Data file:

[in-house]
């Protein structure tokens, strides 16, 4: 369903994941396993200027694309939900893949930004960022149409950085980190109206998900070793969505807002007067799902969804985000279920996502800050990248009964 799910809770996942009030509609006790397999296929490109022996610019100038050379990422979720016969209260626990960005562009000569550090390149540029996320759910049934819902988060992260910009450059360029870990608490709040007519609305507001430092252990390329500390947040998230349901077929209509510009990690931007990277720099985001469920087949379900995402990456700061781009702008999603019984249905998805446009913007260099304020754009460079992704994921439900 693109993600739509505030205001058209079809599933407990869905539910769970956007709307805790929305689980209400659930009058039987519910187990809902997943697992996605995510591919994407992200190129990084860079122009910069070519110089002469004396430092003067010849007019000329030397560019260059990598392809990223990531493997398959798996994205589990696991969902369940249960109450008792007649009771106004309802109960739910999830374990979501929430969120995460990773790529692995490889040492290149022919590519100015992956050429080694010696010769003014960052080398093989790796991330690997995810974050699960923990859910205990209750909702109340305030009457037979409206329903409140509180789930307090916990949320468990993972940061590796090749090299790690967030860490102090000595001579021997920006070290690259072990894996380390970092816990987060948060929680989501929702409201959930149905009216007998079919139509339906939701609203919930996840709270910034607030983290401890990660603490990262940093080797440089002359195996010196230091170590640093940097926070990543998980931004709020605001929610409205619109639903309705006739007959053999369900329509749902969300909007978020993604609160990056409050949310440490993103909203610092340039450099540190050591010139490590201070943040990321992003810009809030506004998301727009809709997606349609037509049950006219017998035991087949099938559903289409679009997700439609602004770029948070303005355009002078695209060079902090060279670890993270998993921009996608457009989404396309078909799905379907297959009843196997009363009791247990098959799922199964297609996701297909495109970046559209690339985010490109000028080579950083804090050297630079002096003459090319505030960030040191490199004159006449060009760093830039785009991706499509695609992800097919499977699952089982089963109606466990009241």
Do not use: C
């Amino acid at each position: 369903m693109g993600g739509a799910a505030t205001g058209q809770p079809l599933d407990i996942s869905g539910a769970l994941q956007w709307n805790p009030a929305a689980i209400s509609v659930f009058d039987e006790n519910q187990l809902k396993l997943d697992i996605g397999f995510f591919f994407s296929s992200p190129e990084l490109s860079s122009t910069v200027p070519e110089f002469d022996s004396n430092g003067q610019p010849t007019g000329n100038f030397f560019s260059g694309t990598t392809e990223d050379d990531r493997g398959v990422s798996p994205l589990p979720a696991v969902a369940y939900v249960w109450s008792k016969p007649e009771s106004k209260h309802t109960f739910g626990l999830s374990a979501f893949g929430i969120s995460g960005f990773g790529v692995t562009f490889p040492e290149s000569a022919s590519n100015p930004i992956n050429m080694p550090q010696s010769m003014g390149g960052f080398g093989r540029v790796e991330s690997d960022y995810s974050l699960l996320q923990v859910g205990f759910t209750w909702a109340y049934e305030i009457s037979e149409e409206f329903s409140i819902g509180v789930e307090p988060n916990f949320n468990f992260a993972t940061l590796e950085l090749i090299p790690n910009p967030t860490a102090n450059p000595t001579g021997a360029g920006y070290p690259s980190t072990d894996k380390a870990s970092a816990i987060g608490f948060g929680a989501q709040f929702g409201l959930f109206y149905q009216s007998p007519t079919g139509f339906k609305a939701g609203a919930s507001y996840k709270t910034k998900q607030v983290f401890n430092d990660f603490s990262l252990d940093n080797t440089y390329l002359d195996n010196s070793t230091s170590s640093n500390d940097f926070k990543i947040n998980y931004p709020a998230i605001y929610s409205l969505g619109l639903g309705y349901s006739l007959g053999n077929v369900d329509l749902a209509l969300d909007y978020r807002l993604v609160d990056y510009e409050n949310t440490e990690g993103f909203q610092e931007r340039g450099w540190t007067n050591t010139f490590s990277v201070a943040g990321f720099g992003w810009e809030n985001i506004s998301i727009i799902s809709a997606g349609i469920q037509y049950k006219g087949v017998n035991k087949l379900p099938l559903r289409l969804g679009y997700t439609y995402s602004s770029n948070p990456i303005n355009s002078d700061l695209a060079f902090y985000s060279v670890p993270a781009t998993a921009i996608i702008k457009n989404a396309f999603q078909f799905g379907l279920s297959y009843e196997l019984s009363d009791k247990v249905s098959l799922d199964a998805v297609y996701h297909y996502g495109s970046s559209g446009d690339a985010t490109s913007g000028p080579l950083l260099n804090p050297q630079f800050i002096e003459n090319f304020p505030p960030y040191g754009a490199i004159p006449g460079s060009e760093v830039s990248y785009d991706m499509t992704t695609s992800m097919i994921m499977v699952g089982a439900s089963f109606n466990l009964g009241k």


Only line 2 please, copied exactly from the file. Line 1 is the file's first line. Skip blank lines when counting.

């Protein structure tokens, strides 16, 4: 369903994941396993200027694309939900893949930004960022149409950085980190109206998900070793969505807002007067799902969804985000279920996502800050990248009964 799910809770996942009030509609006790397999296929490109022996610019100038050379990422979720016969209260626990960005562009000569550090390149540029996320759910049934819902988060992260910009450059360029870990608490709040007519609305507001430092252990390329500390947040998230349901077929209509510009990690931007990277720099985001469920087949379900995402990456700061781009702008999603019984249905998805446009913007260099304020754009460079992704994921439900 693109993600739509505030205001058209079809599933407990869905539910769970956007709307805790929305689980209400659930009058039987519910187990809902997943697992996605995510591919994407992200190129990084860079122009910069070519110089002469004396430092003067010849007019000329030397560019260059990598392809990223990531493997398959798996994205589990696991969902369940249960109450008792007649009771106004309802109960739910999830374990979501929430969120995460990773790529692995490889040492290149022919590519100015992956050429080694010696010769003014960052080398093989790796991330690997995810974050699960923990859910205990209750909702109340305030009457037979409206329903409140509180789930307090916990949320468990993972940061590796090749090299790690967030860490102090000595001579021997920006070290690259072990894996380390970092816990987060948060929680989501929702409201959930149905009216007998079919139509339906939701609203919930996840709270910034607030983290401890990660603490990262940093080797440089002359195996010196230091170590640093940097926070990543998980931004709020605001929610409205619109639903309705006739007959053999369900329509749902969300909007978020993604609160990056409050949310440490993103909203610092340039450099540190050591010139490590201070943040990321992003810009809030506004998301727009809709997606349609037509049950006219017998035991087949099938559903289409679009997700439609602004770029948070303005355009002078695209060079902090060279670890993270998993921009996608457009989404396309078909799905379907297959009843196997009363009791247990098959799922199964297609996701297909495109970046559209690339985010490109000028080579950083804090050297630079002096003459090319505030960030040191490199004159006449060009760093830039785009991706499509695609992800097919499977699952089982089963109606466990009241």